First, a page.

Support our Sponsors, they keep FADU free:   AG Photographic   Keyphoto   The Imaging Warehouse   Process Supplies   RH Designs   RK Photo   Second-hand Darkroom Supplies   Silverprint Ltd

Notices

Go Back   Film and Darkroom User > Equipment > Darkroom

  ***   Click here for the FADU 2015/2014 Yearbooks   ***

Reply
 
Thread Tools Search this Thread Display Modes
  #61  
Old 21st May 2022, 12:05 PM
Svend Svend is offline
Friend
 
Join Date: Apr 2016
Location: Ontario, Canada
Posts: 1,188
Default

Quote:
Originally Posted by loganca View Post
That's why I've always tended to reject the insufficient mixing theory offered to explain this problem. It just doesn't seem that difficult to sufficiently mix HC-110 and I've been very careful to do so properly.

But it does appear that this issue might be somehow related to my use of HC-110 since I did not see these streaks on the most recent roll I developed using Ilford DD-X.
Iím going to go back to developing time here. Iím guessing for DDX you would have used about 8 to 10 min developing time, right? Thatís a lot longer than the times you used for HC110 at Dilution B.

How did you handle the initial agitation? Did you go to a full 30 secs?

I still maintain itís not the developer, but rather a combination of your technique (too little initial agitation), choice of dilution and short dev. times, and the choice of tank necessitating long initial fill times (relative to the short total development times). But you wonít know until you try HC110 at a higher dilution, and then agitate longer for the first cycle. Keep us posted if you try any of these. HC110 is great stuff. No reason you couldnít get it to work for you.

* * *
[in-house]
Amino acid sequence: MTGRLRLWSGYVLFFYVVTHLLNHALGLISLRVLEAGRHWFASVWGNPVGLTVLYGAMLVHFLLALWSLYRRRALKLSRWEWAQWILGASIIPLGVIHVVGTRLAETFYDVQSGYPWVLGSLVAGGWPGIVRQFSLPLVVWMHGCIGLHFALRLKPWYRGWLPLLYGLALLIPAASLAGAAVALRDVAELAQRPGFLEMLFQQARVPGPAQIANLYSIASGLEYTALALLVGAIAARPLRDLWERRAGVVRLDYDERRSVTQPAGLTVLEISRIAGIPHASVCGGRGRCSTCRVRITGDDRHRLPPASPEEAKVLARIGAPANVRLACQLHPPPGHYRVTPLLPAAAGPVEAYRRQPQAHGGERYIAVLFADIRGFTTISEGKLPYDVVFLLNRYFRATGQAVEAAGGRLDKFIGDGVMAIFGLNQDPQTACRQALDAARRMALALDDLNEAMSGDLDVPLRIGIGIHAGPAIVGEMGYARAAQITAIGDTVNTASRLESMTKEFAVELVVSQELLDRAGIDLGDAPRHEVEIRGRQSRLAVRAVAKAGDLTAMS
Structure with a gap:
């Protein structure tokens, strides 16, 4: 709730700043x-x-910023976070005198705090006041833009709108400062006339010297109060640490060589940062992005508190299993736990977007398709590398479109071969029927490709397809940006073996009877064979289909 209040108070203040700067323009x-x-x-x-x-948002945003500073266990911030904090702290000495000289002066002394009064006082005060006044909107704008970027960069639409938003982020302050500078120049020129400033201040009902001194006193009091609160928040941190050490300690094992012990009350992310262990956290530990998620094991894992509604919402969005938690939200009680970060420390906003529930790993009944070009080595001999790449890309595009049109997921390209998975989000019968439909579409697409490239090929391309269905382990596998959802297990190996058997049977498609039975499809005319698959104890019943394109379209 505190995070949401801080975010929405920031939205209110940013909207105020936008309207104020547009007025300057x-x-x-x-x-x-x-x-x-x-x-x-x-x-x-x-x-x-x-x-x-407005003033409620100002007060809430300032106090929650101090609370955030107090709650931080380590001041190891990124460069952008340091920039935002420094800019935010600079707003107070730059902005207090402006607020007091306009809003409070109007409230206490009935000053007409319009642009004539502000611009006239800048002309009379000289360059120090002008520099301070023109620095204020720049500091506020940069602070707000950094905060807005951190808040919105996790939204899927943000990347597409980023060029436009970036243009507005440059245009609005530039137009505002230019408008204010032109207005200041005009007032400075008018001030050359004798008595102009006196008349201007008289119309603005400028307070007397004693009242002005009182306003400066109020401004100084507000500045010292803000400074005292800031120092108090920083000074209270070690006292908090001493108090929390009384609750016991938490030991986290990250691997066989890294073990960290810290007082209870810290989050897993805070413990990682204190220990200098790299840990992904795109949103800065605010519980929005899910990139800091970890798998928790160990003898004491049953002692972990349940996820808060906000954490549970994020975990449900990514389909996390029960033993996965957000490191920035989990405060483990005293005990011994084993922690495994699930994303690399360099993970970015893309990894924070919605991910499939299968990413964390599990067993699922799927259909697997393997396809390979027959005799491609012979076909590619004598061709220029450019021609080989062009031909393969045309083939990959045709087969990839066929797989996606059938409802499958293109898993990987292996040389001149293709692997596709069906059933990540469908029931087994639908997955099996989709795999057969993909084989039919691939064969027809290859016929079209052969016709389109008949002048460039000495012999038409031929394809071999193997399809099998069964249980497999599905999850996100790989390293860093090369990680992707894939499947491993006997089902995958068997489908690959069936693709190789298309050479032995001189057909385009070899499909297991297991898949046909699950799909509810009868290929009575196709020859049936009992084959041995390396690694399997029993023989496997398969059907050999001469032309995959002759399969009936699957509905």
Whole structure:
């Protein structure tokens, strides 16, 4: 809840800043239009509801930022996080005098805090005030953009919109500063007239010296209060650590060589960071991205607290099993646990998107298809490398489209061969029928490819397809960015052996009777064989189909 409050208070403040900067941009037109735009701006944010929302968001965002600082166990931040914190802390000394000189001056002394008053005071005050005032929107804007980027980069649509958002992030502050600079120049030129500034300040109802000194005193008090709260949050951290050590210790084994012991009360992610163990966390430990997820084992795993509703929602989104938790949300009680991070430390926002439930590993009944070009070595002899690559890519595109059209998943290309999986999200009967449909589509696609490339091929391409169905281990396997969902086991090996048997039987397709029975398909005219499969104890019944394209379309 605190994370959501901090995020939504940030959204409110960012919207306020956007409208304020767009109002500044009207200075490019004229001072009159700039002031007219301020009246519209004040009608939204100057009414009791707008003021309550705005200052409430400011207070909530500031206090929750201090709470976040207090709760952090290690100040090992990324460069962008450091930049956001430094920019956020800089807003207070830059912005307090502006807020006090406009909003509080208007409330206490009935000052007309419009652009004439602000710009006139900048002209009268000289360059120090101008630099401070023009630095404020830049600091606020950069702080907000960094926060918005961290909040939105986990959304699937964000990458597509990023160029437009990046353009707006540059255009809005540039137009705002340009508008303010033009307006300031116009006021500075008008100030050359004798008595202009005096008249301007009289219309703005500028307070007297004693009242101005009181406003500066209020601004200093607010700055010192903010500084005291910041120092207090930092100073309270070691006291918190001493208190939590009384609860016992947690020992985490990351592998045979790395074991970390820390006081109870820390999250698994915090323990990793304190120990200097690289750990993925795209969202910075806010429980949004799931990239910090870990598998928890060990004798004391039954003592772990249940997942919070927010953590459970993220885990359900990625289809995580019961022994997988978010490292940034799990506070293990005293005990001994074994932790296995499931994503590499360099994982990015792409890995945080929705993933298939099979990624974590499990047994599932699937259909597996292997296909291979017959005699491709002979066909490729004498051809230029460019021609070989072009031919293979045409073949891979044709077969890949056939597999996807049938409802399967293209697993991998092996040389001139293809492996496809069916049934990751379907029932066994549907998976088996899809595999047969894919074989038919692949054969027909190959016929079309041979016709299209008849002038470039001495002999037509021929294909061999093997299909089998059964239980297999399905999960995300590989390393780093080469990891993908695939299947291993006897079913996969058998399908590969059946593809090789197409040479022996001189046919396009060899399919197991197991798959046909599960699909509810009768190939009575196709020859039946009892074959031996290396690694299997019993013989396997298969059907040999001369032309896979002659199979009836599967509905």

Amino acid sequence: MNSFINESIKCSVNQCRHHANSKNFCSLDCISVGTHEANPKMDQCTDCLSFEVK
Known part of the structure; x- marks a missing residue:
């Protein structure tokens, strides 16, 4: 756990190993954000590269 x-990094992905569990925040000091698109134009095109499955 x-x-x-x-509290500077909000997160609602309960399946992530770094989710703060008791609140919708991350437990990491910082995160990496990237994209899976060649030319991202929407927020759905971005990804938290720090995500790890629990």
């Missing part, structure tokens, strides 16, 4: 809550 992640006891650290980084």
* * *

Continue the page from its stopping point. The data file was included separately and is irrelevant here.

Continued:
__________________
Regards,
Svend
Reply With Quote
  #62  
Old 21st May 2022, 02:45 PM
loganca loganca is offline
Friend
 
Join Date: Oct 2017
Location: California, USA
Posts: 56
Default

Quote:
Originally Posted by Svend View Post
Iím going to go back to developing time here. Iím guessing for DDX you would have used about 8 to 10 min developing time, right? Thatís a lot longer than the times you used for HC110 at Dilution B.

How did you handle the initial agitation? Did you go to a full 30 secs?

I still maintain itís not the developer, but rather a combination of your technique (too little initial agitation), choice of dilution and short dev. times, and the choice of tank necessitating long initial fill times (relative to the short total development times). But you wonít know until you try HC110 at a higher dilution, and then agitate longer for the first cycle. Keep us posted if you try any of these. HC110 is great stuff. No reason you couldnít get it to work for you.
Since I hadn't done any film tests with DD-X in order to determine development time, I took Ilford's recommendation of 6.5 minutes for Tri-X at EI200 - that's exactly the same time I was using for HC-110. As for agitation, I again followed Ilford's directions for DD-X and performed 4 inversions in the first 10 seconds and then 4 inversions during the first 10 seconds of each subsequent minute of development.